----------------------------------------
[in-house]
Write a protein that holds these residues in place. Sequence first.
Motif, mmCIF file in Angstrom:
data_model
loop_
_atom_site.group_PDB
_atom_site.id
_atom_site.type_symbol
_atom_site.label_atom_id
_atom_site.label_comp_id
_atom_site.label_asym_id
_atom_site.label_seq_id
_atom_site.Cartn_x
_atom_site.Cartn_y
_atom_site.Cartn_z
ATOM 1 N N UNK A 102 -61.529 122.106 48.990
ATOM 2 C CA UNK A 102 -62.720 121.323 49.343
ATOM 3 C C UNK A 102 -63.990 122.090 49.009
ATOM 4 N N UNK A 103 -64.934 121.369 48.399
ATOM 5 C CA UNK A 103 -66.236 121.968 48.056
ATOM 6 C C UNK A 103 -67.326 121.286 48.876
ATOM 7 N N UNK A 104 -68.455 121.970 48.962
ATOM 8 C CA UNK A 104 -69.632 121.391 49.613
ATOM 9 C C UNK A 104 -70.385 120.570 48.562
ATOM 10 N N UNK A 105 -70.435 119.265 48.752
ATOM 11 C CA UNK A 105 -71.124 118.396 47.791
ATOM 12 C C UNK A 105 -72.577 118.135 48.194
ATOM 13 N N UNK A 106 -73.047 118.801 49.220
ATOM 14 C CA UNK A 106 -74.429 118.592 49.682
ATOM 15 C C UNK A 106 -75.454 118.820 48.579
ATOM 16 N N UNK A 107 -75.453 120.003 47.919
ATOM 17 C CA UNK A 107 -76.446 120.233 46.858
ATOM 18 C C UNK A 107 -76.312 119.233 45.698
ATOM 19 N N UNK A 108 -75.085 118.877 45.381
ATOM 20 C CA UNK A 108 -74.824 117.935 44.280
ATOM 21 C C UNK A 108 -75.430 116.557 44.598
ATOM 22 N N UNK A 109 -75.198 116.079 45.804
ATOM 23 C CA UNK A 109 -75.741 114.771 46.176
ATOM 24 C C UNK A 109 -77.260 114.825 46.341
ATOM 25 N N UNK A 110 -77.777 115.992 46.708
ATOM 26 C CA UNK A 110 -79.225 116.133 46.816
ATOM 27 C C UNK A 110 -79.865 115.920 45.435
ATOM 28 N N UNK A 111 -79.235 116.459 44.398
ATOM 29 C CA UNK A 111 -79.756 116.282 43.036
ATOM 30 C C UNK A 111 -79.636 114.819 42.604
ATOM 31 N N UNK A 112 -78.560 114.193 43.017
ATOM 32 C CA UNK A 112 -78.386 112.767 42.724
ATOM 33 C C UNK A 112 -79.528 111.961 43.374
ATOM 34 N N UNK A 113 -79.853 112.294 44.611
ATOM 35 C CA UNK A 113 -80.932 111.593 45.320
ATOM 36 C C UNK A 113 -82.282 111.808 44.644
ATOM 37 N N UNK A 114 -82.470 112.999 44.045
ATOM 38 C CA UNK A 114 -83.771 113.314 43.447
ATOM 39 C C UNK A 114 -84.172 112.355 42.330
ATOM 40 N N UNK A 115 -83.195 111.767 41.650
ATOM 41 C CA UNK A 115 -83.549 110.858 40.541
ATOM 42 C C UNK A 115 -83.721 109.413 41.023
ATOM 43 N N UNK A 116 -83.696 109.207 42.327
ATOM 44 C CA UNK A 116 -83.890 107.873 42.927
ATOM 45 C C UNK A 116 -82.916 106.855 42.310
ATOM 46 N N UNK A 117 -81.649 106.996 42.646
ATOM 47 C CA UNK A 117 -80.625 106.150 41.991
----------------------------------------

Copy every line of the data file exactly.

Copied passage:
[in-house]
Write a protein that holds these residues in place. Sequence first.
Motif, mmCIF file in Angstrom:
data_model
loop_
_atom_site.group_PDB
_atom_site.id
_atom_site.type_symbol
_atom_site.label_atom_id
_atom_site.label_comp_id
_atom_site.label_asym_id
_atom_site.label_seq_id
_atom_site.Cartn_x
_atom_site.Cartn_y
_atom_site.Cartn_z
ATOM 1 N N UNK A 102 -61.529 122.106 48.990
ATOM 2 C CA UNK A 102 -62.720 121.323 49.343
ATOM 3 C C UNK A 102 -63.990 122.090 49.009
ATOM 4 N N UNK A 103 -64.934 121.369 48.399
ATOM 5 C CA UNK A 103 -66.236 121.968 48.056
ATOM 6 C C UNK A 103 -67.326 121.286 48.876
ATOM 7 N N UNK A 104 -68.455 121.970 48.962
ATOM 8 C CA UNK A 104 -69.632 121.391 49.613
ATOM 9 C C UNK A 104 -70.385 120.570 48.562
ATOM 10 N N UNK A 105 -70.435 119.265 48.752
ATOM 11 C CA UNK A 105 -71.124 118.396 47.791
ATOM 12 C C UNK A 105 -72.577 118.135 48.194
ATOM 13 N N UNK A 106 -73.047 118.801 49.220
ATOM 14 C CA UNK A 106 -74.429 118.592 49.682
ATOM 15 C C UNK A 106 -75.454 118.820 48.579
ATOM 16 N N UNK A 107 -75.453 120.003 47.919
ATOM 17 C CA UNK A 107 -76.446 120.233 46.858
ATOM 18 C C UNK A 107 -76.312 119.233 45.698
ATOM 19 N N UNK A 108 -75.085 118.877 45.381
ATOM 20 C CA UNK A 108 -74.824 117.935 44.280
ATOM 21 C C UNK A 108 -75.430 116.557 44.598
ATOM 22 N N UNK A 109 -75.198 116.079 45.804
ATOM 23 C CA UNK A 109 -75.741 114.771 46.176
ATOM 24 C C UNK A 109 -77.260 114.825 46.341
ATOM 25 N N UNK A 110 -77.777 115.992 46.708
ATOM 26 C CA UNK A 110 -79.225 116.133 46.816
ATOM 27 C C UNK A 110 -79.865 115.920 45.435
ATOM 28 N N UNK A 111 -79.235 116.459 44.398
ATOM 29 C CA UNK A 111 -79.756 116.282 43.036
ATOM 30 C C UNK A 111 -79.636 114.819 42.604
ATOM 31 N N UNK A 112 -78.560 114.193 43.017
ATOM 32 C CA UNK A 112 -78.386 112.767 42.724
ATOM 33 C C UNK A 112 -79.528 111.961 43.374
ATOM 34 N N UNK A 113 -79.853 112.294 44.611
ATOM 35 C CA UNK A 113 -80.932 111.593 45.320
ATOM 36 C C UNK A 113 -82.282 111.808 44.644
ATOM 37 N N UNK A 114 -82.470 112.999 44.045
ATOM 38 C CA UNK A 114 -83.771 113.314 43.447
ATOM 39 C C UNK A 114 -84.172 112.355 42.330
ATOM 40 N N UNK A 115 -83.195 111.767 41.650
ATOM 41 C CA UNK A 115 -83.549 110.858 40.541
ATOM 42 C C UNK A 115 -83.721 109.413 41.023
ATOM 43 N N UNK A 116 -83.696 109.207 42.327
ATOM 44 C CA UNK A 116 -83.890 107.873 42.927
ATOM 45 C C UNK A 116 -82.916 106.855 42.310
ATOM 46 N N UNK A 117 -81.649 106.996 42.646
ATOM 47 C CA UNK A 117 -80.625 106.150 41.991